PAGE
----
Despite that history, we routinely get gun nuts and other whack jobs spouting propaganda like, "The tree of liberty has to be watered with the blood of patriots," now and then. (I'm sure there are some people who espouse such rhetoric who don't rise to the level of "whack job." So sue me.) They shout down any debate about how reduce the odds of being killed by an armed assailant with their rhetoric, as if the Second Amendment is the only thing that's preventing the federal government from imposing Obamacare upon us.

Wait, no, that can't be right; the Federal Government is imposing laws upon the states, in accordance with the laws passed by the elected representatives of the people. When a whack job like Ted Nugent starts talking about "Second Amendment remedies" to Obamacare, he's not taken as a thoughtful Constitutional scholar and States Right advocate; he's regarded as a loose cannon, pardon the pun, having a temper tantrum because he doesn't like when the system doesn't give him his way.

Remember: states like Texas are proposing opting out of various Federal programs mandated by Obamacare (I hate the term, by the way, but the level of emotion it denotes is appropriate here), as the law allows, but they aren't discussing calling up their militias in opposition to this law.

So, I ask you: what's the Constitutional benefit of this system and framework that lets criminals amass enough firepower to kill thirteen people at a high school, or fourteen people in a movie cinema, or thirty-two people on a college campus, or twenty-one people in a McDonald's?

The Second Amendment was used once, by the Confederate States, and it didn't work. It'll never by used again for its nominal purpose. It's obsolete.

The Micro-Argument

What about the premise that the Second Amendment is meant to let individual citizens arm themselves in self-defense?

Well, first off, that's not what the Amendment says. The Amendment is about the security of the state. I know the gun nuts will reply that this is what the Supreme Court has repeatedly said the Amendment means, but I consider that interpretation a bastardization of some rather plain, self-evident words, just like so many of my philosophical or rhetorical opponents would say of so many other court interpretations and rulings.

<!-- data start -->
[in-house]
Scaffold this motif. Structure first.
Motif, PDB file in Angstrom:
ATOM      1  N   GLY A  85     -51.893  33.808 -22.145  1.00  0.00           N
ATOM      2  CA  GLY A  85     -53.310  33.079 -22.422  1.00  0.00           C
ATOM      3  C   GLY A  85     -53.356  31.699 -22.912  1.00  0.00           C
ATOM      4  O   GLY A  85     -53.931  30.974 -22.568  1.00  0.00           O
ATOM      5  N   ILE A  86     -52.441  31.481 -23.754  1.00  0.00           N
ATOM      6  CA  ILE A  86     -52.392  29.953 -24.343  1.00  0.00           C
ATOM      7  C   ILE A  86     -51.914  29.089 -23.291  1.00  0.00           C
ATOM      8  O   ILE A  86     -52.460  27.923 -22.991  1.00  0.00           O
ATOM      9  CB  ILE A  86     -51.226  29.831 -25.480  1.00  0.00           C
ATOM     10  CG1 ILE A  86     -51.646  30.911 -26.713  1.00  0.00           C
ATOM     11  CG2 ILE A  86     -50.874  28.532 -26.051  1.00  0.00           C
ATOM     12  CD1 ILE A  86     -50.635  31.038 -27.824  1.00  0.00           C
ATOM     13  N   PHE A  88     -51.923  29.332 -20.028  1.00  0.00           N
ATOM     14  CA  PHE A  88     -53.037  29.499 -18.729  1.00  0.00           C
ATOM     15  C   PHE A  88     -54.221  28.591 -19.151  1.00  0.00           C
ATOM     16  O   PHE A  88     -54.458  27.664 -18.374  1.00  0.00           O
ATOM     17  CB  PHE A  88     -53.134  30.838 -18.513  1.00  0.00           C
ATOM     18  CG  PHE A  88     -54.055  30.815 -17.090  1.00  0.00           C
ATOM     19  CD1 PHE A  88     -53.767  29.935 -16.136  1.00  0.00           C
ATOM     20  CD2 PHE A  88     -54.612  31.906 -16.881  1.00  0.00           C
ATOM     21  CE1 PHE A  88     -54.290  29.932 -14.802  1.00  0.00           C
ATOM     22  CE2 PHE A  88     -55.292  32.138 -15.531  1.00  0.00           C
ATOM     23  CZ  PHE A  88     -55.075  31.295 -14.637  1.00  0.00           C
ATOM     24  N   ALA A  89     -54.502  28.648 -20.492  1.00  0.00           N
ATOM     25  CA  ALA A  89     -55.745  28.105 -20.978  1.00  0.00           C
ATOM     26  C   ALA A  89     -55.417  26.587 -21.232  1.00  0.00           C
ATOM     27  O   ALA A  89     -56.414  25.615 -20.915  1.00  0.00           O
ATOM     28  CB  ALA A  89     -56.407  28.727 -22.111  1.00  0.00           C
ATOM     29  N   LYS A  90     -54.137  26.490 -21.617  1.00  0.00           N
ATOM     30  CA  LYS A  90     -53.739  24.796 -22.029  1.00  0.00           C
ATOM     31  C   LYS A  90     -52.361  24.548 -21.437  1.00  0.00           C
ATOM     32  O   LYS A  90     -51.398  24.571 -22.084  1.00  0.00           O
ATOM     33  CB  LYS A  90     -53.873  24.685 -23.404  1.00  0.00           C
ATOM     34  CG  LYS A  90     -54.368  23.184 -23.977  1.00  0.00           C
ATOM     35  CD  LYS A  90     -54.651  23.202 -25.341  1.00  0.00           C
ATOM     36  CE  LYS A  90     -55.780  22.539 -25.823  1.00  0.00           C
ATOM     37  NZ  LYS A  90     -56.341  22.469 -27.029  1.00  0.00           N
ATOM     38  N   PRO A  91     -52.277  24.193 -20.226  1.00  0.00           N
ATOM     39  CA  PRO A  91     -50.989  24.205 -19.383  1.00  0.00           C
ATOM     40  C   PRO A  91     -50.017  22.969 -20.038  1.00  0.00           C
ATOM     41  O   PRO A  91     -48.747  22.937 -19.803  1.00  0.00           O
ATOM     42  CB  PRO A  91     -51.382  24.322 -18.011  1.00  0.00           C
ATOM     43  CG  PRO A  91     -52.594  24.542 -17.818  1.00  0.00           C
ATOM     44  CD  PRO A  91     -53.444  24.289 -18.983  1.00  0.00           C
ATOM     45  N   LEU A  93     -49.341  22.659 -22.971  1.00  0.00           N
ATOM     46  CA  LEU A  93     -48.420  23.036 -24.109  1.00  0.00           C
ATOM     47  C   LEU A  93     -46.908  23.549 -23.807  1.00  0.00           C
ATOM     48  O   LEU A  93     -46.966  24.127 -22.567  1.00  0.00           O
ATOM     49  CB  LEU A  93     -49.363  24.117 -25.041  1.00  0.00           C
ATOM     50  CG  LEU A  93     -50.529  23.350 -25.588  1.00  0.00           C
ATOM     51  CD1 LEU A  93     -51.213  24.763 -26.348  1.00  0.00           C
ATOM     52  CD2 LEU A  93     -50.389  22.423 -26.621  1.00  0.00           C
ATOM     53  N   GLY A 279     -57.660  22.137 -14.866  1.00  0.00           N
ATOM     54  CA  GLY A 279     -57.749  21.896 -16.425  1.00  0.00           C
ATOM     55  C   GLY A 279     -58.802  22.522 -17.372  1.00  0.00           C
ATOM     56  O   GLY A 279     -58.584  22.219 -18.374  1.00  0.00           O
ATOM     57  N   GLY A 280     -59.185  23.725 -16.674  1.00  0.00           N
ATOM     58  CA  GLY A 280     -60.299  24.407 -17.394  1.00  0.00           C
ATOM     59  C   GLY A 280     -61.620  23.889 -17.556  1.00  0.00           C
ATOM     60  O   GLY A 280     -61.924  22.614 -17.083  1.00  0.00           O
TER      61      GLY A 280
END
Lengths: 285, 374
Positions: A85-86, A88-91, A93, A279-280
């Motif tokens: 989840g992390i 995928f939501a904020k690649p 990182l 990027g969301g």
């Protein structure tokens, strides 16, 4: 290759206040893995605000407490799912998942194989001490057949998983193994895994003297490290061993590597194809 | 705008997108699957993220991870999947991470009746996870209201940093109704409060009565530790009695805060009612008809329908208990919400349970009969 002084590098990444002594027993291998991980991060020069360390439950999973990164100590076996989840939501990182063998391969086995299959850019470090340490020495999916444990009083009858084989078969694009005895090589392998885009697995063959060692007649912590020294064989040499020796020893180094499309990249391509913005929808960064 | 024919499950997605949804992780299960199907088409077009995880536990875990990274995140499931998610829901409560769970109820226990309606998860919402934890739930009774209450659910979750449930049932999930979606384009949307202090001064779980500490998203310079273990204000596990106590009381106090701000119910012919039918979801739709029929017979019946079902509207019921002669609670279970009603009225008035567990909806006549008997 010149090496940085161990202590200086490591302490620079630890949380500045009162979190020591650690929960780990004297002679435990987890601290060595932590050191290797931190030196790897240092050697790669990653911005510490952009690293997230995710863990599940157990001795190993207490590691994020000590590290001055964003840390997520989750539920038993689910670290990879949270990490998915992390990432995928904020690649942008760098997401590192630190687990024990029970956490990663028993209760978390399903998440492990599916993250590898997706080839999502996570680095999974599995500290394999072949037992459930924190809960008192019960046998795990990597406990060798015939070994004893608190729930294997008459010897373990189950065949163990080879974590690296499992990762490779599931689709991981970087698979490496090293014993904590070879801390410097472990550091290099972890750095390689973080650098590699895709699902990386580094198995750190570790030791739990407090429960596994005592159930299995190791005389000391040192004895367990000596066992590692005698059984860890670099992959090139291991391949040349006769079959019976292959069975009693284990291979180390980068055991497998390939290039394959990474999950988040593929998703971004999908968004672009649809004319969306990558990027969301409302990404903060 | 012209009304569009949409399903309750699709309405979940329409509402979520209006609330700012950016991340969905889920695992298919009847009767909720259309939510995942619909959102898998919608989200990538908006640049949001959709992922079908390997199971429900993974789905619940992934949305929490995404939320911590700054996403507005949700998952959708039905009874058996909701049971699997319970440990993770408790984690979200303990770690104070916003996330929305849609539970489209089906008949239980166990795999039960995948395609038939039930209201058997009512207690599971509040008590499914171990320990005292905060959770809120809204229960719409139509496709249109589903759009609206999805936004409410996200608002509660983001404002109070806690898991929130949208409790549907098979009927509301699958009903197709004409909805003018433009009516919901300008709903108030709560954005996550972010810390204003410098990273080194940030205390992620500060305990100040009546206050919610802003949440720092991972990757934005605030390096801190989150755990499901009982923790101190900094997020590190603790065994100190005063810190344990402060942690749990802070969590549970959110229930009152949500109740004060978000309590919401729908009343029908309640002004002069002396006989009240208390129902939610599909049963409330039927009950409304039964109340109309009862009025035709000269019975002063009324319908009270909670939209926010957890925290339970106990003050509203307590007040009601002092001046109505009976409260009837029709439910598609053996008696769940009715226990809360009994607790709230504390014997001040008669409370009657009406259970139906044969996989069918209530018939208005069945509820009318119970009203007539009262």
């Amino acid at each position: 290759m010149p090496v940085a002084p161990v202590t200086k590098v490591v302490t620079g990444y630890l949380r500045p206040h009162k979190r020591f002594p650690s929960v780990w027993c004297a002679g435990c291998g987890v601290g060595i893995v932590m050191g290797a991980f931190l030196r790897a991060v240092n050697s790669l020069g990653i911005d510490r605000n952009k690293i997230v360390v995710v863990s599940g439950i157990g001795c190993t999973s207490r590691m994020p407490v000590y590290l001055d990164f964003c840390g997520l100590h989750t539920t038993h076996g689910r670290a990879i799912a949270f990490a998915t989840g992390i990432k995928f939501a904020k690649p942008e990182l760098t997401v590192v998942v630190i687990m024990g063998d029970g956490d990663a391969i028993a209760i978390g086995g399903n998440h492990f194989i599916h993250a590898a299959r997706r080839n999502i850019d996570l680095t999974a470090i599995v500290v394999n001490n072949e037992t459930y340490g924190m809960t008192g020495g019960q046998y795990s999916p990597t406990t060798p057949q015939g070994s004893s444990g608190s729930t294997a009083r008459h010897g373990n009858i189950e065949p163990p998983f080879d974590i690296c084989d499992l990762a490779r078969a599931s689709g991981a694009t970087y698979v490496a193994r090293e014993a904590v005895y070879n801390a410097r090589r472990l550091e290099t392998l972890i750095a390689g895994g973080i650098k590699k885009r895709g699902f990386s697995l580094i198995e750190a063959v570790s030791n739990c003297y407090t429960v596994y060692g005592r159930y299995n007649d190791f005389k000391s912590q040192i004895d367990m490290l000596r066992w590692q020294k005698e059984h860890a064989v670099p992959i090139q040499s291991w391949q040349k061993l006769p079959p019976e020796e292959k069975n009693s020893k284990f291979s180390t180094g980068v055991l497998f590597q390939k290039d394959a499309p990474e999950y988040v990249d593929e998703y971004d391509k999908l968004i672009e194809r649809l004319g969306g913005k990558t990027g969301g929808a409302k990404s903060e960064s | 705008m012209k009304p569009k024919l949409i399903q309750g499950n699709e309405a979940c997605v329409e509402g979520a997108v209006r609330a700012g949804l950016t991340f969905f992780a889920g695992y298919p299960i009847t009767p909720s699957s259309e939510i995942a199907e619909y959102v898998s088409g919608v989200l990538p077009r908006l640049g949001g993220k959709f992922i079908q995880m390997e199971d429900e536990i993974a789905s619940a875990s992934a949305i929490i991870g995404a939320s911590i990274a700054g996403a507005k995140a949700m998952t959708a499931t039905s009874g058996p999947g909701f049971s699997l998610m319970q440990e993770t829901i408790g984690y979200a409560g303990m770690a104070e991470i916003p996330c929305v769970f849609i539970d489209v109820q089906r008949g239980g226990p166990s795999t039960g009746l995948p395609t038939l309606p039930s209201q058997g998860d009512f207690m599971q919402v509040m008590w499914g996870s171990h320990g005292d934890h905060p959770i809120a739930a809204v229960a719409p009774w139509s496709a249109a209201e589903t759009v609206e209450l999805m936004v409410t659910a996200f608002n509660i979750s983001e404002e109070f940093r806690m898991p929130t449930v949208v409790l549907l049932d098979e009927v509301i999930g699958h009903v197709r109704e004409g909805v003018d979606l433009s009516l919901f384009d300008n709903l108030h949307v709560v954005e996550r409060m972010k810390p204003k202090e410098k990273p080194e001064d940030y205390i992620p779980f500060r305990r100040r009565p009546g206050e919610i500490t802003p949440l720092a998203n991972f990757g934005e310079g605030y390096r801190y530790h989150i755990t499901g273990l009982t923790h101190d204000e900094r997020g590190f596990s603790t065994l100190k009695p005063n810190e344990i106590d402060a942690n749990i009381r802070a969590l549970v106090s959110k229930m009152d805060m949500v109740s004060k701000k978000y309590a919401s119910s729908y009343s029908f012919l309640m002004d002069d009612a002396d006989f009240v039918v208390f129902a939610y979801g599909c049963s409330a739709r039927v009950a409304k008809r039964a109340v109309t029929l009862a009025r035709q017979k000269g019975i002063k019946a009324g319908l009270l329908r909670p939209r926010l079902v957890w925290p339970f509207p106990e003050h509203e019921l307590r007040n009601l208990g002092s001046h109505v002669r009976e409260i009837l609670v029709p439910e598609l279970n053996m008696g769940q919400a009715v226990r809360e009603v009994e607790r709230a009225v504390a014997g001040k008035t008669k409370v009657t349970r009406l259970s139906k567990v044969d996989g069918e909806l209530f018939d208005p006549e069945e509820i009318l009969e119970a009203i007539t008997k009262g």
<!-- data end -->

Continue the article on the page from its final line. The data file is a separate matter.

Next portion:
Secondly, even if that is the goal, is it working? Are we safer as a society because we're rife with more firearms than other industrialized nations? 

That question is so obvious that the only way to debate it is to set up straw-man arguments based on partial implementations of gun control. "If this District has strict laws and its neighbor doesn't, crime rates don't go down." Well, duh!  If it's easy to circumvent a law by crossing an unguarded, unregulated border, of course that law won't prove how effective it would be in a complete implementation. "If handguns are criminalized, only criminals will have guns!" OK, that works for me, except that there are always exceptions for law enforcement, and we might even allow long-arms (rifles, shotguns, etc) for sport such as hunting. If possession of a handgun suddenly becomes a justification for treating a person like a suspected illegal immigrant in Arizona, what's wrong with that? "Officer, he has a gun!" "Sir, can you prove to me that you are licensed to bear that arm? No? OK, come with me." Drug dealers, bank robbers, and carjackers all suddenly have to find other ways to exert their criminal power.

Seriously, what's the worst that happens if we ban handguns except for sworn military personnel on active duty and law enforcement officers on duty? I really don't see how the Second Amendment is making us safer.

max_boma: (Diversity)
I keep hearing on the news how Republicans are allegedly worried about small business owners who will hire fewer workers or take other unintended actions if affordable healthcare coverage becomes law in the USA as President Obama has been working so hard to accomplish.

If you're too cheap to provide your employees with decent benefits, including health care, why should I be protecting you? It's like rooting for taxpayers who try to get out of paying their taxes and then whine because the IRS is trying to collect thousands of dollars in back taxes. Hey, I pay my taxes; why shouldn't you?

Let's stop defending people who greedily throw out babies with bathwater and instead focus on the people whose lives will improve as we collectively work to improve everyone's health.